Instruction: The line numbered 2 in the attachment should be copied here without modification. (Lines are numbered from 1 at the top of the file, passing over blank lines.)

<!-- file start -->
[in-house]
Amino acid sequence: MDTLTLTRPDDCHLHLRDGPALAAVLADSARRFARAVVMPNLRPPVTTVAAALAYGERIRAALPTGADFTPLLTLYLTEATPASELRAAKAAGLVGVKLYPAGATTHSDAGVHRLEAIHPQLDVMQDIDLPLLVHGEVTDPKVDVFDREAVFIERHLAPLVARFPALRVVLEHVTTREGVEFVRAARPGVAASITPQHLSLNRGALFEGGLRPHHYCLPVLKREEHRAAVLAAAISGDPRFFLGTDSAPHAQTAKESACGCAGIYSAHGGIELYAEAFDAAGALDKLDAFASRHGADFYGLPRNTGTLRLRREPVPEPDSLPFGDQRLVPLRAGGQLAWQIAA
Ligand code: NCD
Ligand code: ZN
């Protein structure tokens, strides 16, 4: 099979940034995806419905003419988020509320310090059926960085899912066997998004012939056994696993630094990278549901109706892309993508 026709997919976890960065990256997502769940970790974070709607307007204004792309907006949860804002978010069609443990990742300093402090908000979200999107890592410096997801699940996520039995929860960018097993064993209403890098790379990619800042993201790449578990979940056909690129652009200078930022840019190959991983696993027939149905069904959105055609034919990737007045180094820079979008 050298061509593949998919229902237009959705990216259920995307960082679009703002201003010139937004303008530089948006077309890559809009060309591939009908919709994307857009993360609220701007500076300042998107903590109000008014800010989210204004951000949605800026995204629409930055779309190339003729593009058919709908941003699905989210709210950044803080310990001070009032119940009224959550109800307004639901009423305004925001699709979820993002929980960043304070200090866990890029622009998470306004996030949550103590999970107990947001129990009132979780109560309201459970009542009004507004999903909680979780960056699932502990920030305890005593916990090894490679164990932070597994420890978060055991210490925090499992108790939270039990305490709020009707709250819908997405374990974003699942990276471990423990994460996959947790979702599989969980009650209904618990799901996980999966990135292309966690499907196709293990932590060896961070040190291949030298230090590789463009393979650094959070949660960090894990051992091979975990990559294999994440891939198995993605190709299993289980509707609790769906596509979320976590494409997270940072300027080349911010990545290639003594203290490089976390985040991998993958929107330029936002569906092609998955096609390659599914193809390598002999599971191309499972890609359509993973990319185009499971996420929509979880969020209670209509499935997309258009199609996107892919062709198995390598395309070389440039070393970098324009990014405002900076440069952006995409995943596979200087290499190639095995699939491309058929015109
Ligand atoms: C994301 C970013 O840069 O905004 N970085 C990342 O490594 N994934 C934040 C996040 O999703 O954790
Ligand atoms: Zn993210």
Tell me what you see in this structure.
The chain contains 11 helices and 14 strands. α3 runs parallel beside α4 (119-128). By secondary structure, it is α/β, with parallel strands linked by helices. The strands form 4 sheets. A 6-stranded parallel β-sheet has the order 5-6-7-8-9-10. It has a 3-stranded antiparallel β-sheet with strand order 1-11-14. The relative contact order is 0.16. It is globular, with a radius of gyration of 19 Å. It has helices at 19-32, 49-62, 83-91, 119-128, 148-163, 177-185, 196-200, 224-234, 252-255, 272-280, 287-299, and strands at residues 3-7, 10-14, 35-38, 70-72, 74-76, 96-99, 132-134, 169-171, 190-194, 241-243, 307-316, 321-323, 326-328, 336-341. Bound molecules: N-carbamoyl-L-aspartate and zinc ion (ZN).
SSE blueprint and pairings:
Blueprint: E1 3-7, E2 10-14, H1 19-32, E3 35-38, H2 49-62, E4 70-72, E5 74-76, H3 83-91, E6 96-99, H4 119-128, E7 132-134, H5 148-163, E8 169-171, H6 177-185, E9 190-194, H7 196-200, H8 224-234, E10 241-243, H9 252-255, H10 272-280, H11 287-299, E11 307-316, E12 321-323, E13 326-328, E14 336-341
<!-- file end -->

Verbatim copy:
Amino acid sequence: MDTLTLTRPDDCHLHLRDGPALAAVLADSARRFARAVVMPNLRPPVTTVAAALAYGERIRAALPTGADFTPLLTLYLTEATPASELRAAKAAGLVGVKLYPAGATTHSDAGVHRLEAIHPQLDVMQDIDLPLLVHGEVTDPKVDVFDREAVFIERHLAPLVARFPALRVVLEHVTTREGVEFVRAARPGVAASITPQHLSLNRGALFEGGLRPHHYCLPVLKREEHRAAVLAAAISGDPRFFLGTDSAPHAQTAKESACGCAGIYSAHGGIELYAEAFDAAGALDKLDAFASRHGADFYGLPRNTGTLRLRREPVPEPDSLPFGDQRLVPLRAGGQLAWQIAA